This is well said and In looking at Peter Zalinskis avatar I am reminded of the brilliant boundry established by the line of the sword. One side of the blade is the 'sword that gives life' and the other side is the 'sword that takes life'. The question in training ,as uke, is 'am I being cut?' and 'which side am I being cut with?'. It takes much exposure to develop such discernment, and it takes a lot of listening to the instruction of the sword itself, beyond the struggle of people. When we struggle too much it makes it difficult to interpret the swords message: there is a line, how do you live it?
Nice inspirational post. Thanks Peter Zalinski.

Jonathan Punt
07-05-2007, 06:43 AM
Im my opinion, if you tap and your instructor continuously pushes you further than necessary I dont think it would be disrespectful to mention it to him. After all he is disrespecting you by not paying any attention to your surrender.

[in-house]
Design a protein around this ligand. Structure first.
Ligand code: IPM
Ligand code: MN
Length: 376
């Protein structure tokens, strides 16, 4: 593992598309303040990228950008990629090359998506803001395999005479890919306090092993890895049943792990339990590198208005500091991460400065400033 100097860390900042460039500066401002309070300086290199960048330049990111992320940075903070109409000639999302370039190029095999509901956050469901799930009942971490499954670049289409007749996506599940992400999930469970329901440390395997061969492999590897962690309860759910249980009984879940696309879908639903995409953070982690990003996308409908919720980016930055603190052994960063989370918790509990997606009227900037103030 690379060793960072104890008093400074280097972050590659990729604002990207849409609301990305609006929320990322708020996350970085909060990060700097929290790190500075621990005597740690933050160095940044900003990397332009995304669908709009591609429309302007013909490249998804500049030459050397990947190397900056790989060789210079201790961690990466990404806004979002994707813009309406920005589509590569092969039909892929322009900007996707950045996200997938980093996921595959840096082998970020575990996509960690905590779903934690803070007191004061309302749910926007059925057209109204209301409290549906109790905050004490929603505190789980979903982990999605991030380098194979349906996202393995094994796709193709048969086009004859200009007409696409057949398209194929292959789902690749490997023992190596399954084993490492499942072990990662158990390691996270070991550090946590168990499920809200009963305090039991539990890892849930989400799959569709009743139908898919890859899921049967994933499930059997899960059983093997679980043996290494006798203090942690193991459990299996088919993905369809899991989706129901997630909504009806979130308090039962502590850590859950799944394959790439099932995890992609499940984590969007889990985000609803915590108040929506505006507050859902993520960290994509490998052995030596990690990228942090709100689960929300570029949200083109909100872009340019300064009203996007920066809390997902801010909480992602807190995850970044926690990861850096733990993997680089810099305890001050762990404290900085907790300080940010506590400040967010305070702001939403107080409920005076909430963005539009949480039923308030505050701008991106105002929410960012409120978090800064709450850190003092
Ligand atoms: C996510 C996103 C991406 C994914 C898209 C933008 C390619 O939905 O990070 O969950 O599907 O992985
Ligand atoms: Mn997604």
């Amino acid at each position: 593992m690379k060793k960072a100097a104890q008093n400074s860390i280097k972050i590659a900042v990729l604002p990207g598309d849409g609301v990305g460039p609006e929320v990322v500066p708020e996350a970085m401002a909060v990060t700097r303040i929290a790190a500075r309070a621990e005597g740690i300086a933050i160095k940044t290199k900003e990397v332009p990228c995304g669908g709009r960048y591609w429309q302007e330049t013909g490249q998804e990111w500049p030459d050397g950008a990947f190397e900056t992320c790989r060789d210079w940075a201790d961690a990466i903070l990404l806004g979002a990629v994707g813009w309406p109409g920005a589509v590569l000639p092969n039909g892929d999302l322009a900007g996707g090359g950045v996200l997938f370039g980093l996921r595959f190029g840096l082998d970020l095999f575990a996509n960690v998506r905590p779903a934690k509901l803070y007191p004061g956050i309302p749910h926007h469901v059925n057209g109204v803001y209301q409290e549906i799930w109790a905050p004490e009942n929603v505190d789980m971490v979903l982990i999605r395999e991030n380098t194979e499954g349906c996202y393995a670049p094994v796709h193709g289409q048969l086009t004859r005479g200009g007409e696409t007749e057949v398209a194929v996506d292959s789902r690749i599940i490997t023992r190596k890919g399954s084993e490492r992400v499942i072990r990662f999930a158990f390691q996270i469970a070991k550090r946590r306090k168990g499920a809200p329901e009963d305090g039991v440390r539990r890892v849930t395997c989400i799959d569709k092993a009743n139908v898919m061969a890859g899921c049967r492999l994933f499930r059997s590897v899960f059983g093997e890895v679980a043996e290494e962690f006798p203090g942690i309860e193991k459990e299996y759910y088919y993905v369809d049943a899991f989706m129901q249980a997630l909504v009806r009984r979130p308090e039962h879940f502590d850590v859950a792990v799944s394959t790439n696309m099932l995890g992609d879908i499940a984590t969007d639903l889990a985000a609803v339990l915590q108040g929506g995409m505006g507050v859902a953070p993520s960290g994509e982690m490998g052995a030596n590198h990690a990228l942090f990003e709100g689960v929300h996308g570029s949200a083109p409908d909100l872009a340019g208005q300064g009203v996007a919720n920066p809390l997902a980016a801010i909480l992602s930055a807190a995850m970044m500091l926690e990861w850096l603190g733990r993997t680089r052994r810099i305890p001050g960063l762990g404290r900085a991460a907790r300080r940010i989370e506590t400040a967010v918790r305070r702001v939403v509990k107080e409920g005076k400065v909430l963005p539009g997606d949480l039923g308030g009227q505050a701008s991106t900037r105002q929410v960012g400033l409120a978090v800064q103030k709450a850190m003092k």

If this fails then tap out early to protect yourself.

graham
07-05-2007, 07:48 AM
All I know is that if my Sensei ignored my taps to teach me how much pain I can take, I'd find anothe club.

I may be a newbie, but I'm also an adult, a person with aches and pains that Sensei will not always appreciate and, importantly, someone who has to go to work in the morning.

This is Aikido, after all.

Basia Halliop
07-05-2007, 09:50 AM
All I know is that if my Sensei ignored my taps to teach me how much pain I can take, I'd find another club.

Yes... if someone intentionally did that my respect for them (not to mention trust) would really plummet.

Rocky Izumi
09-13-2007, 11:58 PM